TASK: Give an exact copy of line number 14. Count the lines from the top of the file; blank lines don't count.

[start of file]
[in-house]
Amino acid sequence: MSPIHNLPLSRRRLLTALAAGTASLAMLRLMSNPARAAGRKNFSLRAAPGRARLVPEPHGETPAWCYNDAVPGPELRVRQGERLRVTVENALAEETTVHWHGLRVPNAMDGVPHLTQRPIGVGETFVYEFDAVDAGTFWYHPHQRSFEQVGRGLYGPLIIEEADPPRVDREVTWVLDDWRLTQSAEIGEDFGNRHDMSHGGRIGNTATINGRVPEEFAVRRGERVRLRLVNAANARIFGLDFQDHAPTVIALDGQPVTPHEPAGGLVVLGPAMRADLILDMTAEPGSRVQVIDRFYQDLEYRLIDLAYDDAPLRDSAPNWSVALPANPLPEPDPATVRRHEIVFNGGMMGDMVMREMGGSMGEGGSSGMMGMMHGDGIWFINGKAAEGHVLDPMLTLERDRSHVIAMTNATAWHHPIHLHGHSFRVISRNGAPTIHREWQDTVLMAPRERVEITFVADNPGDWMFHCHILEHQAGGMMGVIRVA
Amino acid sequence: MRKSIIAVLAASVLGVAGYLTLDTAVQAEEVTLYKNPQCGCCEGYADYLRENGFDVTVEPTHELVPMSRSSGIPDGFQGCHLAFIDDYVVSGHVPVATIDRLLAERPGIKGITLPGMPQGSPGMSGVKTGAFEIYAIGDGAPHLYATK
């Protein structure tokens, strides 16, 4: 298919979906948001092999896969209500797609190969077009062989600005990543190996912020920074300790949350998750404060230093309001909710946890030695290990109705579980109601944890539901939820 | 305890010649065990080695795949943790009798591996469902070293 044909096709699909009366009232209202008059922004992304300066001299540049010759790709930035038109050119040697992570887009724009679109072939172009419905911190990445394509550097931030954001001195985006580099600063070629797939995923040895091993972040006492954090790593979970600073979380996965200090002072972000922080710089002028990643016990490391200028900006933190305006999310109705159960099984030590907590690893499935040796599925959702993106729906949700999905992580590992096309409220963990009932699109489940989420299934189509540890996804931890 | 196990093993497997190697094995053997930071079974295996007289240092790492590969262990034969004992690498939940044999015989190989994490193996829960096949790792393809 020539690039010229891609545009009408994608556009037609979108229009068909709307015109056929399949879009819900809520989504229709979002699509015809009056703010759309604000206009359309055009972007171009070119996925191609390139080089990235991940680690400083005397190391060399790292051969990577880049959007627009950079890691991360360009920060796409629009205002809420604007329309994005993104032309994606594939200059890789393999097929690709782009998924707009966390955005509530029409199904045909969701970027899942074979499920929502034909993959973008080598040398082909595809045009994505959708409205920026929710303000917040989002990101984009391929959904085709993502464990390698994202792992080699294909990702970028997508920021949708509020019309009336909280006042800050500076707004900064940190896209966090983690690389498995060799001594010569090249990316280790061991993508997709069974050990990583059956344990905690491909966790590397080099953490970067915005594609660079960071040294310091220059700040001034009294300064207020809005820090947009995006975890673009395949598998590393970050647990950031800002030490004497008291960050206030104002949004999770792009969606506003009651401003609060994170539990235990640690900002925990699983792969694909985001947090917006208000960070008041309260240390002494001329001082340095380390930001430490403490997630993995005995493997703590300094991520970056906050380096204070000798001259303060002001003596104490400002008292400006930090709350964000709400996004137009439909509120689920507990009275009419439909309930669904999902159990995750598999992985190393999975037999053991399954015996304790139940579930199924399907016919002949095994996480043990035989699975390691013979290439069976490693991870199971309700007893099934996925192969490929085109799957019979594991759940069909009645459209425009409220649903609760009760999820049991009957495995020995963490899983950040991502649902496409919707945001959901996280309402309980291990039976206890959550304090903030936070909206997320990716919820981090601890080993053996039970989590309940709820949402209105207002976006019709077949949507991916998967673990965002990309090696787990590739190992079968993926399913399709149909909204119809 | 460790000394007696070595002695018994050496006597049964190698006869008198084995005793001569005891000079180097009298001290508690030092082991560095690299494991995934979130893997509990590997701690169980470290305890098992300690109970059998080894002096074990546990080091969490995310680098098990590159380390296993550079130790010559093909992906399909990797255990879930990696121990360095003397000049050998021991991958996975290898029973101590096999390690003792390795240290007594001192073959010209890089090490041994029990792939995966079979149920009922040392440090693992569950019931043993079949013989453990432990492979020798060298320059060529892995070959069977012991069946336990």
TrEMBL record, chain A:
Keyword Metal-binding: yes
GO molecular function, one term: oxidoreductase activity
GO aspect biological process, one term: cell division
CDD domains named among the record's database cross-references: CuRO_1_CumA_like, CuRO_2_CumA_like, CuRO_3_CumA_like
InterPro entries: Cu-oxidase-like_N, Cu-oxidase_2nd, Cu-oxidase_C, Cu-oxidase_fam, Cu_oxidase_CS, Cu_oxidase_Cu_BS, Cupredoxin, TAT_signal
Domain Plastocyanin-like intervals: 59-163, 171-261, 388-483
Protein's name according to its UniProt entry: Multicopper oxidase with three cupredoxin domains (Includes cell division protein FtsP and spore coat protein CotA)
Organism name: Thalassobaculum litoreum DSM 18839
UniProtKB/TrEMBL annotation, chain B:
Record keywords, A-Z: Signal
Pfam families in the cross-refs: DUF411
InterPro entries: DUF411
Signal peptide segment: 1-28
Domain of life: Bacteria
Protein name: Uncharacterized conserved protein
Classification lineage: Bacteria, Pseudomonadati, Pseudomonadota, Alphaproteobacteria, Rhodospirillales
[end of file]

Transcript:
UniProtKB/TrEMBL annotation, chain B: